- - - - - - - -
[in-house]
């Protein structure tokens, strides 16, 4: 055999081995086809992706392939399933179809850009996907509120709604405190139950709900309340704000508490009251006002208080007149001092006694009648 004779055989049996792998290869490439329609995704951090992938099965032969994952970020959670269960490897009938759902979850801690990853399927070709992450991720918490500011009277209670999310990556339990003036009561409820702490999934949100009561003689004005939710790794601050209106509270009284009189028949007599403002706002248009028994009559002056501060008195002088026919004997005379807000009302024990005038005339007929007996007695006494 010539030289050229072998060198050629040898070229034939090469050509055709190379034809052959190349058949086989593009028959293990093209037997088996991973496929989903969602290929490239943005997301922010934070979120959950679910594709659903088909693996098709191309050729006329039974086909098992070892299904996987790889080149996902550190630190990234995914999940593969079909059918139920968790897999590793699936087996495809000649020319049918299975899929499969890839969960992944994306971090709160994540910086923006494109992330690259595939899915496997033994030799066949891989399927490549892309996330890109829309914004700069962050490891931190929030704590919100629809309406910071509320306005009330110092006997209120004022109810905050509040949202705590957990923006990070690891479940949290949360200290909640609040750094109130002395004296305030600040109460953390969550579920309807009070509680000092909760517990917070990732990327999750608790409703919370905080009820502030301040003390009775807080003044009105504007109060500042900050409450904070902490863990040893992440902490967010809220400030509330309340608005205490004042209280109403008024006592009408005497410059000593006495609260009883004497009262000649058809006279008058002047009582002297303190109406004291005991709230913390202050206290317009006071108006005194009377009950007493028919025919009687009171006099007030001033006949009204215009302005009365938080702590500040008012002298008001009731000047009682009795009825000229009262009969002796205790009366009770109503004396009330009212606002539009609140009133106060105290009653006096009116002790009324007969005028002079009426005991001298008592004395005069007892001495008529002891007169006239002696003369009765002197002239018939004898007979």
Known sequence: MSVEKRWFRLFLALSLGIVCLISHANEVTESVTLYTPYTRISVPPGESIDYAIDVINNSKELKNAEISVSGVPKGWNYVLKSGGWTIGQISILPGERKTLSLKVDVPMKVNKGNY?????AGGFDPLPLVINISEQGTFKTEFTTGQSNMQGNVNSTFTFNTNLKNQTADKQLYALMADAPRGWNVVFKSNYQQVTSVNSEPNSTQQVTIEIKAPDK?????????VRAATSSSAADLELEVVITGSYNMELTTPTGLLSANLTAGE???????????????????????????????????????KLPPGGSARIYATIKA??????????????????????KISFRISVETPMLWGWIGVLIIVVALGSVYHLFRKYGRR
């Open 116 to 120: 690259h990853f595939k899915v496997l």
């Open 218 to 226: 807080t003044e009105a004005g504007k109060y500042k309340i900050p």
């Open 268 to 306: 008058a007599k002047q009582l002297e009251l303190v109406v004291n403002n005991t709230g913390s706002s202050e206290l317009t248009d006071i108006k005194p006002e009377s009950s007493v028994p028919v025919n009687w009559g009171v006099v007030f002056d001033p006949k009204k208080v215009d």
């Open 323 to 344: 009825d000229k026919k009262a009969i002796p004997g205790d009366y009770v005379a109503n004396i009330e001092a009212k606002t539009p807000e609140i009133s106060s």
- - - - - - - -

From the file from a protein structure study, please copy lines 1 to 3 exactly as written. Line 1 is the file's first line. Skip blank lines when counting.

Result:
[in-house]
């Protein structure tokens, strides 16, 4: 055999081995086809992706392939399933179809850009996907509120709604405190139950709900309340704000508490009251006002208080007149001092006694009648 004779055989049996792998290869490439329609995704951090992938099965032969994952970020959670269960490897009938759902979850801690990853399927070709992450991720918490500011009277209670999310990556339990003036009561409820702490999934949100009561003689004005939710790794601050209106509270009284009189028949007599403002706002248009028994009559002056501060008195002088026919004997005379807000009302024990005038005339007929007996007695006494 010539030289050229072998060198050629040898070229034939090469050509055709190379034809052959190349058949086989593009028959293990093209037997088996991973496929989903969602290929490239943005997301922010934070979120959950679910594709659903088909693996098709191309050729006329039974086909098992070892299904996987790889080149996902550190630190990234995914999940593969079909059918139920968790897999590793699936087996495809000649020319049918299975899929499969890839969960992944994306971090709160994540910086923006494109992330690259595939899915496997033994030799066949891989399927490549892309996330890109829309914004700069962050490891931190929030704590919100629809309406910071509320306005009330110092006997209120004022109810905050509040949202705590957990923006990070690891479940949290949360200290909640609040750094109130002395004296305030600040109460953390969550579920309807009070509680000092909760517990917070990732990327999750608790409703919370905080009820502030301040003390009775807080003044009105504007109060500042900050409450904070902490863990040893992440902490967010809220400030509330309340608005205490004042209280109403008024006592009408005497410059000593006495609260009883004497009262000649058809006279008058002047009582002297303190109406004291005991709230913390202050206290317009006071108006005194009377009950007493028919025919009687009171006099007030001033006949009204215009302005009365938080702590500040008012002298008001009731000047009682009795009825000229009262009969002796205790009366009770109503004396009330009212606002539009609140009133106060105290009653006096009116002790009324007969005028002079009426005991001298008592004395005069007892001495008529002891007169006239002696003369009765002197002239018939004898007979």
Known sequence: MSVEKRWFRLFLALSLGIVCLISHANEVTESVTLYTPYTRISVPPGESIDYAIDVINNSKELKNAEISVSGVPKGWNYVLKSGGWTIGQISILPGERKTLSLKVDVPMKVNKGNY?????AGGFDPLPLVINISEQGTFKTEFTTGQSNMQGNVNSTFTFNTNLKNQTADKQLYALMADAPRGWNVVFKSNYQQVTSVNSEPNSTQQVTIEIKAPDK?????????VRAATSSSAADLELEVVITGSYNMELTTPTGLLSANLTAGE???????????????????????????????????????KLPPGGSARIYATIKA??????????????????????KISFRISVETPMLWGWIGVLIIVVALGSVYHLFRKYGRR